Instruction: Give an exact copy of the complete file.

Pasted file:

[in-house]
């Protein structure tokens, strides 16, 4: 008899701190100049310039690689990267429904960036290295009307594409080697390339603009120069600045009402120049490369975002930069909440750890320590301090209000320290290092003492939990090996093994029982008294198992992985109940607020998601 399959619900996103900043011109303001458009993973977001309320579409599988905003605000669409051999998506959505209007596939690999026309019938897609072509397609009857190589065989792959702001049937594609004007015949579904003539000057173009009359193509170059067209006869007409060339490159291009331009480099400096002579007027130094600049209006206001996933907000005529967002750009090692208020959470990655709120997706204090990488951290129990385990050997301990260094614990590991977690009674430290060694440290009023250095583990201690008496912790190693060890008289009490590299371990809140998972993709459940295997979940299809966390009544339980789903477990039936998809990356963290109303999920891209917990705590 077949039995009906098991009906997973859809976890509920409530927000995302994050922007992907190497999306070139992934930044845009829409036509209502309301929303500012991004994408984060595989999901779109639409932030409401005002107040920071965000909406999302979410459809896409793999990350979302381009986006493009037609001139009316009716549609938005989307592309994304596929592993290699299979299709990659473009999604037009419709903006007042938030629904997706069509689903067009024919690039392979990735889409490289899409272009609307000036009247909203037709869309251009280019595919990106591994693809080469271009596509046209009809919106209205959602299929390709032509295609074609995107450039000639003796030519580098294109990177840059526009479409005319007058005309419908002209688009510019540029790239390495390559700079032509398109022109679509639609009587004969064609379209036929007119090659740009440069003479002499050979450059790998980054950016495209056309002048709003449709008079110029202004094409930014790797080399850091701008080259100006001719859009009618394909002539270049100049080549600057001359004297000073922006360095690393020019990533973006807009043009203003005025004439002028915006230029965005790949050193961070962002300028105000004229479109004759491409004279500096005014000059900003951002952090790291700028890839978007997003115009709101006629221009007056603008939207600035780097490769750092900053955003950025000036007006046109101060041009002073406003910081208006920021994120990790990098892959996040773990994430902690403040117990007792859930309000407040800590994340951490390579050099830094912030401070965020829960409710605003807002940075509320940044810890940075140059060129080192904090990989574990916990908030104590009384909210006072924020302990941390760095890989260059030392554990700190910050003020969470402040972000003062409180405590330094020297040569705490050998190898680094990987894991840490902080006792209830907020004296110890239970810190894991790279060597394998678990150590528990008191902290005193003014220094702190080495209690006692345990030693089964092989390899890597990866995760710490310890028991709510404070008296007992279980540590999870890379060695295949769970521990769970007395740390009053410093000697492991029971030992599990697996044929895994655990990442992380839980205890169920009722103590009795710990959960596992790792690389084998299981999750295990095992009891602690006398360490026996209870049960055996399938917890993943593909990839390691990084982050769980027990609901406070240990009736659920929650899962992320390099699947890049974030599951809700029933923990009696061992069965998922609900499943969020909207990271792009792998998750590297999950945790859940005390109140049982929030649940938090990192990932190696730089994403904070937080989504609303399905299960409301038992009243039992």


[in-house]
């Protein structure tokens, strides 16, 4: 008899701190100049310039690689990267429904960036290295009307594409080697390339603009120069600045009402120049490369975002930069909440750890320590301090209000320290290092003492939990090996093994029982008294198992992985109940607020998601 399959619900996103900043011109303001458009993973977001309320579409599988905003605000669409051999998506959505209007596939690999026309019938897609072509397609009857190589065989792959702001049937594609004007015949579904003539000057173009009359193509170059067209006869007409060339490159291009331009480099400096002579007027130094600049209006206001996933907000005529967002750009090692208020959470990655709120997706204090990488951290129990385990050997301990260094614990590991977690009674430290060694440290009023250095583990201690008496912790190693060890008289009490590299371990809140998972993709459940295997979940299809966390009544339980789903477990039936998809990356963290109303999920891209917990705590 077949039995009906098991009906997973859809976890509920409530927000995302994050922007992907190497999306070139992934930044845009829409036509209502309301929303500012991004994408984060595989999901779109639409932030409401005002107040920071965000909406999302979410459809896409793999990350979302381009986006493009037609001139009316009716549609938005989307592309994304596929592993290699299979299709990659473009999604037009419709903006007042938030629904997706069509689903067009024919690039392979990735889409490289899409272009609307000036009247909203037709869309251009280019595919990106591994693809080469271009596509046209009809919106209205959602299929390709032509295609074609995107450039000639003796030519580098294109990177840059526009479409005319007058005309419908002209688009510019540029790239390495390559700079032509398109022109679509639609009587004969064609379209036929007119090659740009440069003479002499050979450059790998980054950016495209056309002048709003449709008079110029202004094409930014790797080399850091701008080259100006001719859009009618394909002539270049100049080549600057001359004297000073922006360095690393020019990533973006807009043009203003005025004439002028915006230029965005790949050193961070962002300028105000004229479109004759491409004279500096005014000059900003951002952090790291700028890839978007997003115009709101006629221009007056603008939207600035780097490769750092900053955003950025000036007006046109101060041009002073406003910081208006920021994120990790990098892959996040773990994430902690403040117990007792859930309000407040800590994340951490390579050099830094912030401070965020829960409710605003807002940075509320940044810890940075140059060129080192904090990989574990916990908030104590009384909210006072924020302990941390760095890989260059030392554990700190910050003020969470402040972000003062409180405590330094020297040569705490050998190898680094990987894991840490902080006792209830907020004296110890239970810190894991790279060597394998678990150590528990008191902290005193003014220094702190080495209690006692345990030693089964092989390899890597990866995760710490310890028991709510404070008296007992279980540590999870890379060695295949769970521990769970007395740390009053410093000697492991029971030992599990697996044929895994655990990442992380839980205890169920009722103590009795710990959960596992790792690389084998299981999750295990095992009891602690006398360490026996209870049960055996399938917890993943593909990839390691990084982050769980027990609901406070240990009736659920929650899962992320390099699947890049974030599951809700029933923990009696061992069965998922609900499943969020909207990271792009792998998750590297999950945790859940005390109140049982929030649940938090990192990932190696730089994403904070937080989504609303399905299960409301038992009243039992």